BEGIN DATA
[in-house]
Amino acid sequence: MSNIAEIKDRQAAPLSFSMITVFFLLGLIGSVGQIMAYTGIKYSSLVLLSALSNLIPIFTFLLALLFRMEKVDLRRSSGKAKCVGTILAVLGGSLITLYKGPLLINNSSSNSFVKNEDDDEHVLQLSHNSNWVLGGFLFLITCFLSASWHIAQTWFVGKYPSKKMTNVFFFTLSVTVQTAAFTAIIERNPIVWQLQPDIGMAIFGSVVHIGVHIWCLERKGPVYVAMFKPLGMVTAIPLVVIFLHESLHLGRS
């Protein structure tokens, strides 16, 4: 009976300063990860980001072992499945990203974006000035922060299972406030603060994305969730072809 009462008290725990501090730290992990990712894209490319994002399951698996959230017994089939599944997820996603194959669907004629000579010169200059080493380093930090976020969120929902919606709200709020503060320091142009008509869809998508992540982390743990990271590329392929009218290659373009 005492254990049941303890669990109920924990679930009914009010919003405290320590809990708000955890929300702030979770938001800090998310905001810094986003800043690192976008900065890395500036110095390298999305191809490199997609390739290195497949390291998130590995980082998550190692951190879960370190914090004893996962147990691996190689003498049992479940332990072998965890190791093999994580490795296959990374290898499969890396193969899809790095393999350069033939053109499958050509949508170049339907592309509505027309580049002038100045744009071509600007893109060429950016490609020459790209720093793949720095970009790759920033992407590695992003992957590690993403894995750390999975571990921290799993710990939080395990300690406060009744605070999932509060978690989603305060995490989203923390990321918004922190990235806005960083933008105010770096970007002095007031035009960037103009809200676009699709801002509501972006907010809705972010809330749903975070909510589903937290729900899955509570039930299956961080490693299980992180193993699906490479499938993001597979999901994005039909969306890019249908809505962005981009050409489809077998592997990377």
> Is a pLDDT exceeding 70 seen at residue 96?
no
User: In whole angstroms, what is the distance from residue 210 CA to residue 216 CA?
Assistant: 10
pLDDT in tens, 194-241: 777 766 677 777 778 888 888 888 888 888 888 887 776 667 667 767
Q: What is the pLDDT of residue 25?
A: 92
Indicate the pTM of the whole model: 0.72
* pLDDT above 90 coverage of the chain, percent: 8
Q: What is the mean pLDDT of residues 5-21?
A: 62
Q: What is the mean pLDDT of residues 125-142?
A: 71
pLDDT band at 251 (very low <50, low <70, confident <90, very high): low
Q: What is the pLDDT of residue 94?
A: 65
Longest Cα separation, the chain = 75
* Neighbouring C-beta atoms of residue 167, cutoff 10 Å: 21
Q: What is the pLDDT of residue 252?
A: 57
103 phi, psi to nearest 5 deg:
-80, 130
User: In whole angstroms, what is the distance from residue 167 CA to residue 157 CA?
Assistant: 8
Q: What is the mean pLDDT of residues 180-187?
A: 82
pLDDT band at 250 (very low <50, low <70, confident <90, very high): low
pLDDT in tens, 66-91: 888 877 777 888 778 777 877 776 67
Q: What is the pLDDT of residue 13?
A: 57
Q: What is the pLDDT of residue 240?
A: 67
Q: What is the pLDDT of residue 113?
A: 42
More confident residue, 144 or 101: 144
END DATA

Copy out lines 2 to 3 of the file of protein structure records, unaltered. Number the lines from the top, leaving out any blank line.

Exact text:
Amino acid sequence: MSNIAEIKDRQAAPLSFSMITVFFLLGLIGSVGQIMAYTGIKYSSLVLLSALSNLIPIFTFLLALLFRMEKVDLRRSSGKAKCVGTILAVLGGSLITLYKGPLLINNSSSNSFVKNEDDDEHVLQLSHNSNWVLGGFLFLITCFLSASWHIAQTWFVGKYPSKKMTNVFFFTLSVTVQTAAFTAIIERNPIVWQLQPDIGMAIFGSVVHIGVHIWCLERKGPVYVAMFKPLGMVTAIPLVVIFLHESLHLGRS
């Protein structure tokens, strides 16, 4: 009976300063990860980001072992499945990203974006000035922060299972406030603060994305969730072809 009462008290725990501090730290992990990712894209490319994002399951698996959230017994089939599944997820996603194959669907004629000579010169200059080493380093930090976020969120929902919606709200709020503060320091142009008509869809998508992540982390743990990271590329392929009218290659373009 005492254990049941303890669990109920924990679930009914009010919003405290320590809990708000955890929300702030979770938001800090998310905001810094986003800043690192976008900065890395500036110095390298999305191809490199997609390739290195497949390291998130590995980082998550190692951190879960370190914090004893996962147990691996190689003498049992479940332990072998965890190791093999994580490795296959990374290898499969890396193969899809790095393999350069033939053109499958050509949508170049339907592309509505027309580049002038100045744009071509600007893109060429950016490609020459790209720093793949720095970009790759920033992407590695992003992957590690993403894995750390999975571990921290799993710990939080395990300690406060009744605070999932509060978690989603305060995490989203923390990321918004922190990235806005960083933008105010770096970007002095007031035009960037103009809200676009699709801002509501972006907010809705972010809330749903975070909510589903937290729900899955509570039930299956961080490693299980992180193993699906490479499938993001597979999901994005039909969306890019249908809505962005981009050409489809077998592997990377």